In the pocket of his coat he had a piece of paper with the name of a bar and its owner—Hidden Agenda Tavern and Mel. His sister Sophie, the only woman on god’s green earth that he even trusted anymore, gave him the info. He told her his plan to disappear for a while and swore her to secrecy. He knew Sophie would never turn him in to Quinn. She was his tough older sister, and was resourceful when it came to finding places to spend a little down time. No one would break her. Hell, sometimes even he was afraid of her.
Josh hoped this Mel guy was cool. He realized right now he probably looked like shit—his hair was stupid long and he’d let his beard grow out in an attempt not to be recognized. He looked like a deadbeat, so he wouldn’t be surprised if Mel had his hesitations. He just needed to rent out the apartment over the bar, and he wasn’t sure for how long.
If it didn’t work out, or Mel was a dick, he’d move along. Just like always.
As the doors opened, a burst of humidity slapped him in the face and he stepped off the train. He walked over to a bench to shake off his coat and then headed toward the stations exit.
The cab driver waiting in front of the line of transportation vehicles flagged him down.
Josh laid his stuff across the back seat as he got it and gave the driver the address to the Hidden Agenda.
“Long trip, boss?” The cab driver’s middle eastern accent was as thick as his head of black hair.
“Yeah, too long.”
“Maybe you get a vacation here? Good tourist location. Race coming up.”
Josh looked out the window at the skyline. “Maybe, but I’ve got some work to do.”
“Yeah? What is it that you do?”
He glanced at the guitar case on the seat next to him then into the rearview mirror. The driver’s eyes bounced between him to the road.
“Wait, let me guess,” the driver said. “You look like you might be a preacher.”
“Close enough, my friend,” Josh laughed. “I do try to spread the good word.”
“I knew it.” The driver hit the top of the steering wheel with his hand and looked pretty pleased with himself. “So, you save a lot of souls?”
Josh chuckled and gazed out the window. “Sometimes.”
Maybe this time he’d save himself.
The cab pulled up to the front of the Hidden Agenda and Josh got out.
The two story building was nestled in between a yogurt shop and a small branch of a local bank. The windows reflected the sun blocking the view inside, so he looked up and down the block.
The neighborhood had the feel of newness to it or maybe had been through some huge renovations. Rentable scooters were parked in small groups every half block and across the street a bookstore deposited a group of young hipsters onto the sidewalk.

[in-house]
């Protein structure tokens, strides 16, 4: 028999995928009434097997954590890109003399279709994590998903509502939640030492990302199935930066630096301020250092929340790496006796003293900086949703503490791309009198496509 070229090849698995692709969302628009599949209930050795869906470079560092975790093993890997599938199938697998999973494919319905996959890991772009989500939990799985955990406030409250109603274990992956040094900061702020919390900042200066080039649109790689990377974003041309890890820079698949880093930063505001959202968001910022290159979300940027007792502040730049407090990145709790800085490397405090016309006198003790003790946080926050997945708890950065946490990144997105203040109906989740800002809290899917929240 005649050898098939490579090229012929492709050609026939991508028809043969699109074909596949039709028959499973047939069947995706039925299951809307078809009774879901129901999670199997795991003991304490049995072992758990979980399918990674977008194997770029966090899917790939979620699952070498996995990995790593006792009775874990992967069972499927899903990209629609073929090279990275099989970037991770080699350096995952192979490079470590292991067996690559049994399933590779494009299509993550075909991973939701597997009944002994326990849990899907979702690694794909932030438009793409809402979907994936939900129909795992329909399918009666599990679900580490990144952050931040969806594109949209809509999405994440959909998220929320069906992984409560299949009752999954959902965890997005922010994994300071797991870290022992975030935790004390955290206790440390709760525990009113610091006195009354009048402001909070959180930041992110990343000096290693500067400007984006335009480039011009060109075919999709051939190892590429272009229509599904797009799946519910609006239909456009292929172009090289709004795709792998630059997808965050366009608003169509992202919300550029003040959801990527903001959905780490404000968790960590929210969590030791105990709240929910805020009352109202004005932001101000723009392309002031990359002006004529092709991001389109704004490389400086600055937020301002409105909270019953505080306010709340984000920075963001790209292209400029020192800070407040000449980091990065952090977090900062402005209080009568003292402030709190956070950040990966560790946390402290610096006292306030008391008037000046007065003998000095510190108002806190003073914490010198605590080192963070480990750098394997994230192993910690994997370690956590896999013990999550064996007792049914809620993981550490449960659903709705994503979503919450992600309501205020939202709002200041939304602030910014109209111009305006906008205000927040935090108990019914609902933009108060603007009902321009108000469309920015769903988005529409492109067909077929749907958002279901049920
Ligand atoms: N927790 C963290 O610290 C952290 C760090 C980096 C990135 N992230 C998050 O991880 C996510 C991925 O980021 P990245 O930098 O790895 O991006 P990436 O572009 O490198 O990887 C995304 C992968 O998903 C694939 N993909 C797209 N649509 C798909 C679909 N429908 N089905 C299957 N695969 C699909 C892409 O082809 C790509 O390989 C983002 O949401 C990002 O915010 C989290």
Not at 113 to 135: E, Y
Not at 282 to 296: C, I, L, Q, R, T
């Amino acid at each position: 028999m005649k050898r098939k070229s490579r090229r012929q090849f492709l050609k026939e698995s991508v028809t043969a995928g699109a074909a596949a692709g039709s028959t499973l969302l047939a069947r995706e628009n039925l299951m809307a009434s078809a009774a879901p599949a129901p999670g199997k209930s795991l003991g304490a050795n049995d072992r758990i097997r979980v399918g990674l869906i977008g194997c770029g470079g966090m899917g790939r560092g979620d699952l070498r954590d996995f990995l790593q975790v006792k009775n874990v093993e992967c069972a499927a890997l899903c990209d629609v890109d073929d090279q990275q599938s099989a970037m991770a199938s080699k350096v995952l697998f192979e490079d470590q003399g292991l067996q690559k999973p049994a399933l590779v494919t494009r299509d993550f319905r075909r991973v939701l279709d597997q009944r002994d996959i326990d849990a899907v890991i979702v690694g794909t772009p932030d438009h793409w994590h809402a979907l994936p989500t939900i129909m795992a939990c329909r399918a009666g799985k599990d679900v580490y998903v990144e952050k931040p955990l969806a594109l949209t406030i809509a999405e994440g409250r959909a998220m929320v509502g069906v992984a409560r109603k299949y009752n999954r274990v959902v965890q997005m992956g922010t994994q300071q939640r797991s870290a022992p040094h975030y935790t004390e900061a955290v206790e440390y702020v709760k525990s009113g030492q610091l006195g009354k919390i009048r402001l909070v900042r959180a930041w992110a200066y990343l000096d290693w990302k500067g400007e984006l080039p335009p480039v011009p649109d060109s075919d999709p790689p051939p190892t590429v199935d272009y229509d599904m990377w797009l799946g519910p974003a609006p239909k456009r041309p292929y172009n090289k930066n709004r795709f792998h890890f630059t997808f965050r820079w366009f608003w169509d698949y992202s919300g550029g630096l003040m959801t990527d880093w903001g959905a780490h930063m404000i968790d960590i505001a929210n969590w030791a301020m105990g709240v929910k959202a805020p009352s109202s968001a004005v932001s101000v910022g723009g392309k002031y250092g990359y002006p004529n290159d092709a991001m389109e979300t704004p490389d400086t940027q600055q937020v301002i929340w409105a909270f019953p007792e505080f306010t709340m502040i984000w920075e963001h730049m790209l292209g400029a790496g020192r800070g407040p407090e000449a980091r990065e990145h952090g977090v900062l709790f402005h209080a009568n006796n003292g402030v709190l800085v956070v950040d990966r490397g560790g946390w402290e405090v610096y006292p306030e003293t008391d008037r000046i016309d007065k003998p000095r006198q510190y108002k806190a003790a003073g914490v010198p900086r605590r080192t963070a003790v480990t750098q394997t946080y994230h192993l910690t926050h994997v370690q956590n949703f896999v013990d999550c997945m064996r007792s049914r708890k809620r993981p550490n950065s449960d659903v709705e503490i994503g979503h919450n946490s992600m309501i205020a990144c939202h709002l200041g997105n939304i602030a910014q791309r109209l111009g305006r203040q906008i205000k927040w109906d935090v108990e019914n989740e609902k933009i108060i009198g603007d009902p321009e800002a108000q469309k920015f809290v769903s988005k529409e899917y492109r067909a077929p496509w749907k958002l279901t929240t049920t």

He hoped he wasn’t recognized—the guitar in his hand was like a flashing neon sign—but figured this was still racing country. He was pretty certain most of the city folk here didn’t listen to Indie music.
The door to the Hidden Tavern opened in front of him and two middle-aged men dressed in coveralls exited. Josh grabbed the door before it shut and walked inside.
“Night Moves” by Bob Seger played through the sound system.
The place was practically empty. A couple old men at the bar, and small group of twenty-somethings huddled in a booth in the corner.
He started to have second thoughts. Maybe he should go find some cheap motel. He had the cash. He could find a secluded place with a pool, or maybe an in-room jacuzzi. He almost turned around to leave but in the far corner of the place stood a mahogany baby grand piano on a small platform stage.
Intrigued, he walked toward it.
The wood was damn near perfect, except for a light layer of dust. Even in the dim area of the room, he could see it had been well taken care of. He set his guitar and duffle bag at the first step to the stage and admired it.
A voice from behind called out and when he turned, another curiosity drew him further in.
The young woman behind the bar was all big green eyes and short brown hair. Her hoop earrings almost touched the straps of her tank top and Josh tried desperately to keep his eyes from wandering down to her ample cleavage. He focused on her mouth instead. It was painted in a coral lipstick and one corner was turned up.
“I play,” he said and headed over to the bar.
She gave him the once over and turned to the register to deposit a twenty. “You drink?”
“Maker’s. Neat. Ok if I leave my stuff over there?”
She walked to the opposite end of the bar and he took the time to check her out. Amazing ass, athletic build, and biker boots. He really hoped she wasn’t Mel’s wife or daughter. She might be fun to play with.
No, you’re here to decompress not get into some drama you don’t need.
She returned with a rocks glass and the bottle and poured it in front of him.
“I heard Mel has a room to rent.” He placed a twenty on the bar and picked up the glass.
She set the bottle under the counter. “Are you some kind of weirdo, cuz Mel doesn’t rent out to just anyone.”
The old men at the end of the bar muffled some laughter and she shot them a look. He started to think Mel must like having her around to keep the peace, because the two men shut up right away.
“Aren’t we all a little weird, sweetness?”
She didn’t seem bothered by the nickname—hell, he didn’t even know where that came from but he imagined it suited her. She sized him up again. “You don’t seem to have a lot with you. Are you on the run or something?”
“I’m just taking a break. I need a place. I’m not sure how long, but I have the money.” He pulled out his wallet and fanned through a couple hundred bucks. “I can pull up my bank records if Mel needs me to.”
She chewed her lip before shrugging. “Hang out for a bit.”
Josh watched her walk away and sighed. He took a pull on the whiskey and got comfortable on the stool.